Everyone has an image of a stereotypical nerd. You know the one, he (and he’s almost always portrayed as a he) is socially awkward, unattractive, unpopular. Although the loser nerd is a pervasive image, every so often pop culture gives us a fun nerd, one we would want to be friends with. This is best exemplified by portrayals of that most nerdy of pastimes, the game of Dungeons & Dragons. Here are a few times that media has made Dungeons & Dragons to be the awesome game it is.
Community: Advanced Dungeons and Dragons
Let’s start with one of my favorites. Community is no stranger to doing heightened genre spoof episodes, but instead of putting the study group in chainmail and have them run around a field, this episode actually had them play D&D. The whole thing is played around a table, and besides some gags with music and sound effects (which a good dungeons master should have no problem adding to a game), it shows what a real D&D game could look like. The results are hilarious. From Britta getting a bit too into the civil rights of gnomes, to Annie seducing an elven maiden, the characters are totally believable as they try out the game for the first time.
This being an episode of Community, it ultimately comes down to Jeff learning an important lesson, but even those heightened stakes never impact the portrayal of the game. The show later attempted a sequel, and while it had some good moments, it’s hard to live up to this all time classic episode of television.
Freak and Geeks: Discos and Dragons
This show always prided itself on a raw portrayal of the angst and coming of age of the 80s, so it’s no surprise it absolutely nailed D&D. The greatness of the conceit comes with James Franco’s Daniel. Daniel is a cool pot-smoking social outcast, he doesn’t really want to play with these movie and fantasy loving dweebs. He goes in with the intention of sabotaging the game and not taking it very seriously, naming his dwarf character Carlos.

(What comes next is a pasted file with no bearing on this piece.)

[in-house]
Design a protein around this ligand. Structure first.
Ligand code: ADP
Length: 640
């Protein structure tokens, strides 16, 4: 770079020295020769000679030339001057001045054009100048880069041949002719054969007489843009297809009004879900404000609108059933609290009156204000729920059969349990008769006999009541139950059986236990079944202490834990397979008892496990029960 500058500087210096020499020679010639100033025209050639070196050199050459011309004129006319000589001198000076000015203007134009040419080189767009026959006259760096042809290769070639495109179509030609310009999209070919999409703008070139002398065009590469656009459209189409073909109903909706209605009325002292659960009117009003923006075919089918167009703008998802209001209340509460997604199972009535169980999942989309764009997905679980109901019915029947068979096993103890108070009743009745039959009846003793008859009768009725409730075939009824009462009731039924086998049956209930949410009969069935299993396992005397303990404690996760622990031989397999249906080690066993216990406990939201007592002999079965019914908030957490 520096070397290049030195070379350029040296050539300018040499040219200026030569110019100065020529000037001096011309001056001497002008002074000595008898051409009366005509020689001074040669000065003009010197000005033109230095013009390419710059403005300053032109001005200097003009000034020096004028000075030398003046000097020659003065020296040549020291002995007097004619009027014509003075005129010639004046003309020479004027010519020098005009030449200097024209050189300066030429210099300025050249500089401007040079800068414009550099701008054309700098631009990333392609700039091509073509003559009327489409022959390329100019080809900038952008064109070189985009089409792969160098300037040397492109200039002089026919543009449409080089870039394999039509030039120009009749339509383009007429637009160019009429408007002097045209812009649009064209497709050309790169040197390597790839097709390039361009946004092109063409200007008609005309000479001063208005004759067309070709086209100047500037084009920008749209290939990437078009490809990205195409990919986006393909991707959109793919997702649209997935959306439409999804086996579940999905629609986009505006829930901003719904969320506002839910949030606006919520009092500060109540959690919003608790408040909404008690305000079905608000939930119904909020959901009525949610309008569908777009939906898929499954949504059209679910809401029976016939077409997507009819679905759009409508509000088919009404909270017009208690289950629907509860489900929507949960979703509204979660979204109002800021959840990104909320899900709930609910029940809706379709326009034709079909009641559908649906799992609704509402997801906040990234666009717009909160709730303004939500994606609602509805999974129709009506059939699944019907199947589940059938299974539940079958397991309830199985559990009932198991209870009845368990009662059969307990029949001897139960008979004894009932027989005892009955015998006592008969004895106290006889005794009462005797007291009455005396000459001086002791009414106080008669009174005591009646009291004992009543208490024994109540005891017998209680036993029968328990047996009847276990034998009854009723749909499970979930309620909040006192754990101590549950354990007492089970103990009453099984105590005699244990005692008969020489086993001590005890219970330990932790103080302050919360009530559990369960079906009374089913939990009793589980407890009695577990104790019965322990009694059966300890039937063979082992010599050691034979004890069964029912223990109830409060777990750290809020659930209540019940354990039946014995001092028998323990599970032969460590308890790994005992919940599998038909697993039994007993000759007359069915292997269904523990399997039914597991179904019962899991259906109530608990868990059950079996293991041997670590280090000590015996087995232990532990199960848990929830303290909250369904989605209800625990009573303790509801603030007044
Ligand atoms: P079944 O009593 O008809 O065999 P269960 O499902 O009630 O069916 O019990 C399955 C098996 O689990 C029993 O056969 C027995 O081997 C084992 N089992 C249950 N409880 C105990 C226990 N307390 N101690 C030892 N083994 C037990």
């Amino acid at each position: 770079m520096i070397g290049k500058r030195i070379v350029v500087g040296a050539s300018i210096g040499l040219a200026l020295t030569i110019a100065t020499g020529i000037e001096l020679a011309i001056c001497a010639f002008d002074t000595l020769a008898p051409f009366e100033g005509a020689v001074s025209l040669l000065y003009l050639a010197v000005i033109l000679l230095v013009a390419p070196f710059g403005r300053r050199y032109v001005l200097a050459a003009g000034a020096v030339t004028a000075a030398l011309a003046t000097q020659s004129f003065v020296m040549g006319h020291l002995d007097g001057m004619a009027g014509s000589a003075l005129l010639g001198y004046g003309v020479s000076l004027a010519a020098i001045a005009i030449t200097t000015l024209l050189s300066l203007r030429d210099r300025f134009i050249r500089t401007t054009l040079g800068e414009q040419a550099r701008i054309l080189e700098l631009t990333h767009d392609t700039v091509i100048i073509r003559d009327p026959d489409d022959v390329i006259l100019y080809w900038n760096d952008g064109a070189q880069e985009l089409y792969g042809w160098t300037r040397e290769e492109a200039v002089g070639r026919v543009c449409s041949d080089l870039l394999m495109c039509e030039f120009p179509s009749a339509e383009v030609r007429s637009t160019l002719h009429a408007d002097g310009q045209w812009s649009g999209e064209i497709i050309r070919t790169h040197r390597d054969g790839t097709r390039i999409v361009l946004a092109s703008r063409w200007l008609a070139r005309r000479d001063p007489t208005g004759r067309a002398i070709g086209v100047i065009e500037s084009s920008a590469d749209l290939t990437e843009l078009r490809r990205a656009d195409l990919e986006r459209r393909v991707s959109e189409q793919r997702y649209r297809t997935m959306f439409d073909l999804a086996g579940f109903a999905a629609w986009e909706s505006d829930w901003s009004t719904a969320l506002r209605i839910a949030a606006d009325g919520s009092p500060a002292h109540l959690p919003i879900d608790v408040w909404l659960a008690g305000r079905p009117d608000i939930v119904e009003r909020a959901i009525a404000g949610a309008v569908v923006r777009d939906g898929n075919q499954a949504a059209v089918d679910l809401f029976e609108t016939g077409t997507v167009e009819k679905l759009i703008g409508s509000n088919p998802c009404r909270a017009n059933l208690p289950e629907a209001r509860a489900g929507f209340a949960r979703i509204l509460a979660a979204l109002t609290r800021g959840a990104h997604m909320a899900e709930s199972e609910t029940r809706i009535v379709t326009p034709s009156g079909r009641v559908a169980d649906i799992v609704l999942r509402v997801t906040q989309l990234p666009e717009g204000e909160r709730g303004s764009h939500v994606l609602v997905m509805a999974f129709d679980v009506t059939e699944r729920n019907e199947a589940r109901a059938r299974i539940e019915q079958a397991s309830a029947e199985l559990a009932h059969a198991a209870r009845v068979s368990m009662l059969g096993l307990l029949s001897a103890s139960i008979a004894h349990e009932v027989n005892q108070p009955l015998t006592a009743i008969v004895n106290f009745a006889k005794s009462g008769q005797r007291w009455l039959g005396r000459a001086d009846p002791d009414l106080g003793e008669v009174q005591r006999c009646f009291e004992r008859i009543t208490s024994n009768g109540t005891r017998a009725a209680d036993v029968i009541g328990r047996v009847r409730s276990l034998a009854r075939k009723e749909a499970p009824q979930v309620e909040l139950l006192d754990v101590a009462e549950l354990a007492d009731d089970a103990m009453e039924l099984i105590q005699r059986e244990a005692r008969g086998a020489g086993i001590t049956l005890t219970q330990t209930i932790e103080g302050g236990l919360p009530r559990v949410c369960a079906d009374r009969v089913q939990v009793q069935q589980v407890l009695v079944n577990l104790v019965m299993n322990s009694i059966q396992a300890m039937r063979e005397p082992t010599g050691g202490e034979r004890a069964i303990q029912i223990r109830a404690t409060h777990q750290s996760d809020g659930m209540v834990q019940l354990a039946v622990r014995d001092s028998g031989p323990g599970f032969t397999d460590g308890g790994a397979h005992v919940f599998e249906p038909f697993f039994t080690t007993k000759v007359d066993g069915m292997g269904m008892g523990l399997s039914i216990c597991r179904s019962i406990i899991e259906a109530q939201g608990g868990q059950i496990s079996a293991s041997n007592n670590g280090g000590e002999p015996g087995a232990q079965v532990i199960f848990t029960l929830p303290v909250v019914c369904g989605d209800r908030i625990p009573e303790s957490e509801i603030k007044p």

Dungeon Master Harris turns out to be brutal, but Daniel’s quick thinking helps the party overcome his punishingly hard dungeon. Daniel’s lack of familiarity with the rules has him paying attention to descriptive detail the more experienced players glossed over, and he manages to save the day. The triumphant smile Daniel gives his new friends may be the greatest moment in James Franco’s acting career.
Attachments by Rainbow Rowell
Rainbow Rowell is a writer of romance stories with a nerdy flavor, but her D&D playing characters in Attachments warm my heart. Our romantic lead is Lincoln, who’s prepping a newspaper office for Y2K in 1999. His two buddies from high school are now married with kids, but they are living their D&D lifestyle large. They still have a rec room in their basement full of weird fantasy chalices and other props. They’re both described as being fairly attractive, but their wedding was almost certainly Renfaire themed.